Williams and Graham is a new American speakeasy located in the Lower Highlands neighborhood of Denver. There is a true speakeasy entrance, an anteroom posing as a bookstore. The friendly hostess verifies your reservation and checks your ID, and you enter a dimly lit space that is a beautiful recreation of a 1920s saloon. A long bar of reclaimed wood holds 15 stools, and five booths of tufted black leather line the other end of the room. Sconces mounted on the wood-panelled walls provide barely enough light to see the back of your hand.
Behind the bar is Jason Patz, who put in 12 years as a regional trainer for P.F. Chang’s before deciding he wanted to once again mix cocktails for a living. Patz just might be one of the finest bartenders in America—friendly and thoughtful, creative without being overbearing. If he sees you struggling to read the menu in the near-darkness, he’ll pull out a small reading light and train it on the page. Having trouble making up your mind? He’ll pour you a glass of Manzanilla sherry to tide you over until you’ve made a decision. Once you order a drink his execution is quick, crisp and precise.
The selection of spirits is staggering. They occupy nearly a dozen pages of the menu and cover every possible category; as you’d expect, there’s also a strong selection of Colorado spirits (Jason likes Leopold Brothers, Peach Street and Spring 44). The food menu changes quarterly, and you can make a restaurant of this place if you want to; offerings range from salads and sandwiches to Tuna Niçoise and steak. If you’re just drinking and grazing, there’s an excellent selection of bar snacks as well.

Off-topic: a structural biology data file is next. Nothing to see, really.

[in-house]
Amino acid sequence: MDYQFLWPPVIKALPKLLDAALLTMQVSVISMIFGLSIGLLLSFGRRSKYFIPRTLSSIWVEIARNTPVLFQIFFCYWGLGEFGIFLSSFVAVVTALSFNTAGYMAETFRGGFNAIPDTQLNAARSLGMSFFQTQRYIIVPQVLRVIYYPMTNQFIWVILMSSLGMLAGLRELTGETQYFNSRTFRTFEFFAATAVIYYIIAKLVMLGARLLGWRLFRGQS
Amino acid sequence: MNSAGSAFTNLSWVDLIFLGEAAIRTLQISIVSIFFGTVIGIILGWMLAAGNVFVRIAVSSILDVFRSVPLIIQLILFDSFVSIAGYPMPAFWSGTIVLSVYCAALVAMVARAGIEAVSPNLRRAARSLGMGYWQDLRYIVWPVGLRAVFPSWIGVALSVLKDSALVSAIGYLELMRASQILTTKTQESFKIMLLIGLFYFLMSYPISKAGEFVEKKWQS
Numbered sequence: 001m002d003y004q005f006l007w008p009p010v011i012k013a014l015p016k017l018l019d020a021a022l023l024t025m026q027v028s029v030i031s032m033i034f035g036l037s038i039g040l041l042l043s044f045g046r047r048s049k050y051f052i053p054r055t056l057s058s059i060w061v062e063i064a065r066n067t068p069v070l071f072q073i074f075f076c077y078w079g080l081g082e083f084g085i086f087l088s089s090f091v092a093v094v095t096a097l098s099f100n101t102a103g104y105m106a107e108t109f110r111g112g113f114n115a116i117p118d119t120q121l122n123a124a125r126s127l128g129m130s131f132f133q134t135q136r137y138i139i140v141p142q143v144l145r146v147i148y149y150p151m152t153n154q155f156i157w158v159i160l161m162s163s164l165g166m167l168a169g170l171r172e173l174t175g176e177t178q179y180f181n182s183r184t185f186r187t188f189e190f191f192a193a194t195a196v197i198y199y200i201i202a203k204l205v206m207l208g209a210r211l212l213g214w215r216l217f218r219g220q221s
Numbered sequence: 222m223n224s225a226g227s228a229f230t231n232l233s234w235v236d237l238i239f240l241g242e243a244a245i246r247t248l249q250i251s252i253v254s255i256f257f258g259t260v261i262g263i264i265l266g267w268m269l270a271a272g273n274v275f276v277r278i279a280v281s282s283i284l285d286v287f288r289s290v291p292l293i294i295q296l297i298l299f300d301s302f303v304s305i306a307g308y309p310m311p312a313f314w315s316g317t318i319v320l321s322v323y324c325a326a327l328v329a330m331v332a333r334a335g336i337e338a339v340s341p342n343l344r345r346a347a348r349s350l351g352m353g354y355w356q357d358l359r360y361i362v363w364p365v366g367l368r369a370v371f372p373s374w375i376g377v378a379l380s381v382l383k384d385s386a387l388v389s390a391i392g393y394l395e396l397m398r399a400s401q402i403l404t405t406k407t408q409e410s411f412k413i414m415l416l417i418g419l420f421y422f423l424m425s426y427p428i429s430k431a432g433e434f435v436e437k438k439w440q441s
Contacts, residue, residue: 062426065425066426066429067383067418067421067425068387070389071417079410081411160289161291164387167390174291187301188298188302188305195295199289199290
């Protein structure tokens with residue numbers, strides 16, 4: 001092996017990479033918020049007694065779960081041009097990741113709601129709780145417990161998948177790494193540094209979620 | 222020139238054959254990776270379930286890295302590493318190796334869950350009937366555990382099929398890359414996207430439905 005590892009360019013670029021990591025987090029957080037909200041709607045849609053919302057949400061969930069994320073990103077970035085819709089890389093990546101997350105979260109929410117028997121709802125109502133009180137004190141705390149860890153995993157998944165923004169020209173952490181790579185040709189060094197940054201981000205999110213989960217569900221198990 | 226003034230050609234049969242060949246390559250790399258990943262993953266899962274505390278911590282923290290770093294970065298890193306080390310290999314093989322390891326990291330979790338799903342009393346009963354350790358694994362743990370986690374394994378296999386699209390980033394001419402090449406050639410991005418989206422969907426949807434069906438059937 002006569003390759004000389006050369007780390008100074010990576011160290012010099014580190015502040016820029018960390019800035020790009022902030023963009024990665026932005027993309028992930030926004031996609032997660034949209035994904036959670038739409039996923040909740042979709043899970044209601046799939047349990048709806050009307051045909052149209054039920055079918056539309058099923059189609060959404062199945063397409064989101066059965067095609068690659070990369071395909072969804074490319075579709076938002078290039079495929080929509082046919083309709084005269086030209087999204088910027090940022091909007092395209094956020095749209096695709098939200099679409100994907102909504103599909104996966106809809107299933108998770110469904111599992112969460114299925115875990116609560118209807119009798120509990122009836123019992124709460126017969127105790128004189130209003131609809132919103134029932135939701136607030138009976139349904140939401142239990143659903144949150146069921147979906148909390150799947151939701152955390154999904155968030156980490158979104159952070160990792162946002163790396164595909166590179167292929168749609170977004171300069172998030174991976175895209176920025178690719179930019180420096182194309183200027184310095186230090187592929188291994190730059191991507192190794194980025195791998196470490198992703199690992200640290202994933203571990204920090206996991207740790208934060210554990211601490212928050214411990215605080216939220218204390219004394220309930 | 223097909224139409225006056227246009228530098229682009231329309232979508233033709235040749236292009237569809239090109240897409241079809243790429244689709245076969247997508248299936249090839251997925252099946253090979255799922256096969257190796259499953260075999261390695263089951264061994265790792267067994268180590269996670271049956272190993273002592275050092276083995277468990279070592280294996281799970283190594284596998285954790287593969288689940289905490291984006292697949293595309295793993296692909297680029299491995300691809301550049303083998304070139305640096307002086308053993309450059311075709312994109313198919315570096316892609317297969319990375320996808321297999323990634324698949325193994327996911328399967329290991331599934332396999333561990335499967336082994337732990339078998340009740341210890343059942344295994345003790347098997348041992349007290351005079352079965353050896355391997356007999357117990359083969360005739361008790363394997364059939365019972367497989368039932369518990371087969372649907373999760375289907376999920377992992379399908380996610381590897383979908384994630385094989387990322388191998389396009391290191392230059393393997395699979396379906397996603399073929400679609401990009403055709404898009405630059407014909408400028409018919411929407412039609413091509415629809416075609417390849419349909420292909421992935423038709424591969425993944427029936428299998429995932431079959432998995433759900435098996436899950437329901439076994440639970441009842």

Williams and Graham was opened by Todd Colehour in collaboration with Sean Kenyon, one of the area’s noted mixologists. Colehour, a former restaurant consultant and General Manager for the Kona Grill, is the operating partner and the person most responsible for the general atmosphere of friendliness. “It may be hard to get into Williams and Graham,” says Colehour, “but once you’re here you’ll feel welcome.” Due to the small size of the place, the wait for a table or bar seat can be as long as two or three hours on weekend evenings. It’s a popular spot after work on weeknights as well, and locals have learned that it’s actually necessary to make a reservation at a bar.
Mark Spivak is the author of Iconic Spirits: An Intoxicating History, which will be published on November 6 by Lyons Press (Globe Pequot); for more information, go to www.iconicspirits.net.